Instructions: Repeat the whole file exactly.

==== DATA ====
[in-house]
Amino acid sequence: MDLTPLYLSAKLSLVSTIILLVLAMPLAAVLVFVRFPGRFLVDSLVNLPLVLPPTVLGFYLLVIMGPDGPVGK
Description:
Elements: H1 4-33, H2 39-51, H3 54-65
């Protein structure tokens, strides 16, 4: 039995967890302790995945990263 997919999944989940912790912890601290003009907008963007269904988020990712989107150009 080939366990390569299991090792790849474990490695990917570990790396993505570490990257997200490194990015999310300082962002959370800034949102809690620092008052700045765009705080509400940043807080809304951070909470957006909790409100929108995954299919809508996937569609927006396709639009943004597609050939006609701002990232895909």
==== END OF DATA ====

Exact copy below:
[in-house]
Amino acid sequence: MDLTPLYLSAKLSLVSTIILLVLAMPLAAVLVFVRFPGRFLVDSLVNLPLVLPPTVLGFYLLVIMGPDGPVGK
Description:
Elements: H1 4-33, H2 39-51, H3 54-65
């Protein structure tokens, strides 16, 4: 039995967890302790995945990263 997919999944989940912790912890601290003009907008963007269904988020990712989107150009 080939366990390569299991090792790849474990490695990917570990790396993505570490990257997200490194990015999310300082962002959370800034949102809690620092008052700045765009705080509400940043807080809304951070909470957006909790409100929108995954299919809508996937569609927006396709639009943004597609050939006609701002990232895909």